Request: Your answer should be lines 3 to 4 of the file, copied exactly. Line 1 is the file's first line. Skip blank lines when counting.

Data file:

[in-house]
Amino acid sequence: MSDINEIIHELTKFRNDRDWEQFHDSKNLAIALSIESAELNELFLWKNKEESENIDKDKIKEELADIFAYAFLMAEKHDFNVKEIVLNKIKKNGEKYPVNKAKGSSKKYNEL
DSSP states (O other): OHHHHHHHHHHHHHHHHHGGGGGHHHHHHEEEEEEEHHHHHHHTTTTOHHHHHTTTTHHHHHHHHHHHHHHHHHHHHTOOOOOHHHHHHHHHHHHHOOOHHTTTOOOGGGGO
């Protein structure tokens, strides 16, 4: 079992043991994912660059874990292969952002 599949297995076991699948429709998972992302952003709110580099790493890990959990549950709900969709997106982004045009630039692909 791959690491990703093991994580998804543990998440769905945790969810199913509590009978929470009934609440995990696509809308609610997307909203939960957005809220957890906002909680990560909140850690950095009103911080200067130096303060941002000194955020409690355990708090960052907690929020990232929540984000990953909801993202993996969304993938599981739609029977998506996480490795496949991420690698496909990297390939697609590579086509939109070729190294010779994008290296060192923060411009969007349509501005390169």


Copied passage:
DSSP states (O other): OHHHHHHHHHHHHHHHHHGGGGGHHHHHHEEEEEEEHHHHHHHTTTTOHHHHHTTTTHHHHHHHHHHHHHHHHHHHHTOOOOOHHHHHHHHHHHHHOOOHHTTTOOOGGGGO
């Protein structure tokens, strides 16, 4: 079992043991994912660059874990292969952002 599949297995076991699948429709998972992302952003709110580099790493890990959990549950709900969709997106982004045009630039692909 791959690491990703093991994580998804543990998440769905945790969810199913509590009978929470009934609440995990696509809308609610997307909203939960957005809220957890906002909680990560909140850690950095009103911080200067130096303060941002000194955020409690355990708090960052907690929020990232929540984000990953909801993202993996969304993938599981739609029977998506996480490795496949991420690698496909990297390939697609590579086509939109070729190294010779994008290296060192923060411009969007349509501005390169």